Pope Francis touched by his story

Komenda was unaware that his story had reached as far as the Vatican. The Papal Almoner, Archbishop Konrad Krajewski, who also happens to be Polish, had got wind of the story. The now freshly-appointed cardinal contacted the family and invited them to accompany him to St. Peter’s Square, where Pope Francis holds his general audience on Wednesdays.



Divine Providence has a way of doing things. The family got as far as the pontiff himself, and were asked to say a few words. Touched by what he heard, Francis spontaneously held Komenda in his arms for a long time. He then asked his photographer to take some photos of him with the young man.

The story doesn’t end there. The Komenda family were invited to dine with the then-Archbishop Krajewski. The meal was prepared by a once-homeless man named Enzo, who had also spent many years behind bars. “I will prepare him a feast like he has never had before!” exclaimed the chef.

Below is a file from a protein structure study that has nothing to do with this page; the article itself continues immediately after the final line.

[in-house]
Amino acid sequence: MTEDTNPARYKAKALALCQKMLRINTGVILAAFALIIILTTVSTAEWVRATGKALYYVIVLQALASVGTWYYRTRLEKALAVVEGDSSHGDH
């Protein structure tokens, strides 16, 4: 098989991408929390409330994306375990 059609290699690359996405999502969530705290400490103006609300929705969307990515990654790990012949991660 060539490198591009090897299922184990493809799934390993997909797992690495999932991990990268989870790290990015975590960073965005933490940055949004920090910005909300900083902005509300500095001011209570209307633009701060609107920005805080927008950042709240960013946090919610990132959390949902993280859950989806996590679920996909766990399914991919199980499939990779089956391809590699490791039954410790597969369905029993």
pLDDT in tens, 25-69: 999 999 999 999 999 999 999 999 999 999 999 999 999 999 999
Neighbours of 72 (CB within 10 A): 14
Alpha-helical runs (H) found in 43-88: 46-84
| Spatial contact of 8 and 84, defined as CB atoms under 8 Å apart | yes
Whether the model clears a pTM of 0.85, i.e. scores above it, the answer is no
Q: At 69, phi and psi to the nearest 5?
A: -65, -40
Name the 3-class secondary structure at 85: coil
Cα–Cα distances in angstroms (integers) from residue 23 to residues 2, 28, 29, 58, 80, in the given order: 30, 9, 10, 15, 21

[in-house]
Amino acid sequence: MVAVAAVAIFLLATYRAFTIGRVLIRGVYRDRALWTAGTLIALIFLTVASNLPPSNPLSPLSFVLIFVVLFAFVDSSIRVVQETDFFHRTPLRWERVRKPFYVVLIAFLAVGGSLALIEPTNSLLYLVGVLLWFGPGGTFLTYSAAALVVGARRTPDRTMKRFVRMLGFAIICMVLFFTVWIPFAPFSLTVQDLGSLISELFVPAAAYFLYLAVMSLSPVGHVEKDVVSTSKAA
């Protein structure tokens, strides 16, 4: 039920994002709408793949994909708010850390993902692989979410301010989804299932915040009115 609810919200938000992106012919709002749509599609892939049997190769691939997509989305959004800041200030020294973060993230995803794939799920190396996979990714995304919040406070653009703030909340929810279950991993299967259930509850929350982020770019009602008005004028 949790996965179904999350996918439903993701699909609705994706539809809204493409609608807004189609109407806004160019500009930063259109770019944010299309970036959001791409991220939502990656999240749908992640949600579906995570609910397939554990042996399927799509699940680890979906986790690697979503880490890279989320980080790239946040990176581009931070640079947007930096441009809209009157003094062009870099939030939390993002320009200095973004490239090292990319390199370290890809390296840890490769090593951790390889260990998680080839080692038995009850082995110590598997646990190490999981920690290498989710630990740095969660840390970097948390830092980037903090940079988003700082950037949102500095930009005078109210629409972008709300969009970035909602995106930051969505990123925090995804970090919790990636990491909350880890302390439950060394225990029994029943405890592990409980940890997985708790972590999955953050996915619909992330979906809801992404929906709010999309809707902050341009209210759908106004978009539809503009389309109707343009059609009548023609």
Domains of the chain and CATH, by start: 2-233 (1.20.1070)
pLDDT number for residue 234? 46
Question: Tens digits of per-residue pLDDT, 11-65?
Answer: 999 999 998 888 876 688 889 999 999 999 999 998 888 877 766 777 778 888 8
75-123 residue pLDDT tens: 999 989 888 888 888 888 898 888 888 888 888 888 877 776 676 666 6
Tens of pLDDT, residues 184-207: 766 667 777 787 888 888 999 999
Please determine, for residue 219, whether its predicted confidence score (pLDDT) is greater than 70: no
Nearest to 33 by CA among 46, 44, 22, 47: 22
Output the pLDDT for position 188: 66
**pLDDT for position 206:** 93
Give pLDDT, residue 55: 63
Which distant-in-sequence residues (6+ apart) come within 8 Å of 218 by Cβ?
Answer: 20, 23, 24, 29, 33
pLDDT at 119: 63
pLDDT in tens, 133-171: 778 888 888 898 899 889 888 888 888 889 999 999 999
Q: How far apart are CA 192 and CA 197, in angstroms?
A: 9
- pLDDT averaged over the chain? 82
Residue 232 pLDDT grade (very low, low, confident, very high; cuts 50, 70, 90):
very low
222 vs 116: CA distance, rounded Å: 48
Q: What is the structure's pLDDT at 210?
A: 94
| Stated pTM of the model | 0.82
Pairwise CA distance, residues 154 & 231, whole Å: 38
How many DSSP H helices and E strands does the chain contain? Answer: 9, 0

Watch Video – U.S. Navy Seal Medal Of Honor Recipient Credits St. Michael Prayer For Protection 

Watch Video – U.S. Navy Seal Medal Of Honor Recipient Credits St. Michael Prayer For Protection 

Senior Chief Petty Officer Edward C. Byers Jr. 

Navy SEAL Receives Medal of Honor: “May St. Michael Protect Our Warriors”


Senior Chief Petty Officer Edward C. Byers Jr. was awarded the Congressional Medal of Honor on March 1, 2016.